A recent agreement between San Diego County and Tri-City Medical Center calls for ‘proportional’ reimbursement. Photo courtesy of Tri-City.

A recent agreement between San Diego County and Tri-City Medical Center calls for ‘proportional’ reimbursement. Photo courtesy of Tri-City.

A recent deal between Tri-City Medical Center and San Diego County could serve as a new model in funding mental health at hospitals, one potential solution to a strained psychiatric system.

San Diego hospitals have complained that they take a financial hit treating mental health patients. Reimbursement falls short of expenses, particularly for low-income patients with Medi-Cal.

But as part of a Tri-City and county agreement to jointly fund a new 16-bed inpatient unit, the county pledged a new way of funding psychiatric operations.

Goal of Financial Sustainability

The deal calls for Medi-Cal reimbursement that’s “proportional” to Tri-City costs, with the goal of making the program financially sustainable.

Under the model, Tri-City would receive higher payments if it takes on more Medi-Cal patients while delivering quality care. That’s in line with a broader trend in health care that incentivizes performance.

Tri-City and the county declined to comment for this article. But at a recent San Diego County Board of Supervisors meeting, county behavioral health director Luke Bergmann said the new funding mechanism would inform negotiations with other hospitals.

‘Template for Other Partnerships’

“We expect to use a version of this framework as a template for other partnerships in the region, developing a model that can drive down costs over time and provide fiscal leverage to continue improving the (mental health) continuum,” Bergmann said.

At that meeting the board unanimously approved the memorandum of understanding between Tri-City and the county, quelling anxiety over Tri-City last year closing its inpatient psychiatric unit. That closing drew community outcry and another North County hospital, Palomar Health, reported an increased patient load as a result.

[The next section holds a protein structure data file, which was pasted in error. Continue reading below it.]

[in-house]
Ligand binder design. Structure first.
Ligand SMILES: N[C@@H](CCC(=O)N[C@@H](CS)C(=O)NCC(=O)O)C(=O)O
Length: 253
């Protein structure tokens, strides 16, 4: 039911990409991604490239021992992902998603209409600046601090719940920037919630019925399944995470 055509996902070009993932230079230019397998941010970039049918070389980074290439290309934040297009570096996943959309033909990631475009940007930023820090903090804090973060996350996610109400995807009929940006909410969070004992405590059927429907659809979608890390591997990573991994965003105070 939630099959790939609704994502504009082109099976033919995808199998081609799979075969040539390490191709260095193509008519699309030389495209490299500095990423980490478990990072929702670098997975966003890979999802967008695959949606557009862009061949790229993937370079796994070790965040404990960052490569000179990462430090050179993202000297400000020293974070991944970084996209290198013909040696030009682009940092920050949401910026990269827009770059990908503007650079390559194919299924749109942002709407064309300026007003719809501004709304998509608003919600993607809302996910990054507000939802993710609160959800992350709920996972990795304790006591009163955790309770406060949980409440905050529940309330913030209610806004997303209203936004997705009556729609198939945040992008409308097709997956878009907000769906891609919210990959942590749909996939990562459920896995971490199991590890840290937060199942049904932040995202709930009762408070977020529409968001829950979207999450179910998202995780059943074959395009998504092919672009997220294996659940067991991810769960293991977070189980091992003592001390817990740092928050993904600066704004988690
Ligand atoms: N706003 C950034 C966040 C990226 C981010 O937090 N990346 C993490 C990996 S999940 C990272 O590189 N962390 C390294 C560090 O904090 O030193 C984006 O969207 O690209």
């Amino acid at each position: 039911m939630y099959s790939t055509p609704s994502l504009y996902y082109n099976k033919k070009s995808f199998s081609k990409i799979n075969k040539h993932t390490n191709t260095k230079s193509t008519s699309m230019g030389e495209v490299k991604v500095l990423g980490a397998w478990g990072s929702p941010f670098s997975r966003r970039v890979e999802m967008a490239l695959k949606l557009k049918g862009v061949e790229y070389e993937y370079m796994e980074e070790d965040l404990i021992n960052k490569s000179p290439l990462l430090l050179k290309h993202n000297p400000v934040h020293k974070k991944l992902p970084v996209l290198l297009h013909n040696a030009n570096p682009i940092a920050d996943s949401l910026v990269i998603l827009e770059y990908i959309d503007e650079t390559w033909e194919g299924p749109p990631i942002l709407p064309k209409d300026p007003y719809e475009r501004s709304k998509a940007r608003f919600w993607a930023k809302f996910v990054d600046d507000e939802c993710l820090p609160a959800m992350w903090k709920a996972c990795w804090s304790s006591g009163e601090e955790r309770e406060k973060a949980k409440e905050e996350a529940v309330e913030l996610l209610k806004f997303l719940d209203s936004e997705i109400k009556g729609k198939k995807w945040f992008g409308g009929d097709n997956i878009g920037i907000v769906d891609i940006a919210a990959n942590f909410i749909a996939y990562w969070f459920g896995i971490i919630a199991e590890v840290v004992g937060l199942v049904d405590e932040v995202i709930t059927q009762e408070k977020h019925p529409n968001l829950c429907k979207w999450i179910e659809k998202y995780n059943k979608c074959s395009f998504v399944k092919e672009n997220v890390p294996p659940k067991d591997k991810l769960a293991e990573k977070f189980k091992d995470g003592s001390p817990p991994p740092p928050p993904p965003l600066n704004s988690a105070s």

The recent agreement, which will go back before the board for a final vote in January, states Tri-City and the county will split the cost of a new psychiatric facility on Tri-City land that’s estimated to run $10 million to $14 million.

This summer, the board directed county staff to negotiate mental health services with not only Tri-City, but also other interested hospitals.

Dan Gross, executive vice president of Sharp HealthCare, said in a statement he’s encouraged by the new funding framework and that Sharp looks forward to “engaging the county in such discussions.”

“Creative solutions and partnerships are needed to adequately address our region’s mental health care needs. Focusing on the critical issues of inadequate funding, care continuum needs, care coordination and workforce shortages are essential,” Gross said.

Scripps Health in a statement said it’s open to exploring new reimbursement models.

“We certainly feel it’s important to be fairly compensated for our cost of providing high-quality behavioral health care.”

Palomar Health said it’s negotiating with the county over behavioral health.

“We don’t know any of the details on the Tri-City agreement so we cannot comment on how their agreement might be similar or different than what we are talking to the county about,” Palomar spokesman Derryl Acosta said in an email.

UC San Diego Health did not respond to an interview request.

Hospitals have reported losing millions annually in behavioral health, which has more of an impact on smaller health systems.

For instance, Palomar Health in 2018 reported about a $14 million loss on psychiatric services. This put the nonprofit hospital in the red. Palomar posted an overall operating loss of $11.8 million.

With financial pressures weakening the region’s mental health system over the last decade, patients can face lengthy waits for care.

Tri-City’s closure last year prompted a county review of mental health weaknesses.

As an initial step to bolster coverage, the county this summer added crisis stabilization units to reduce the burden on emergency departments.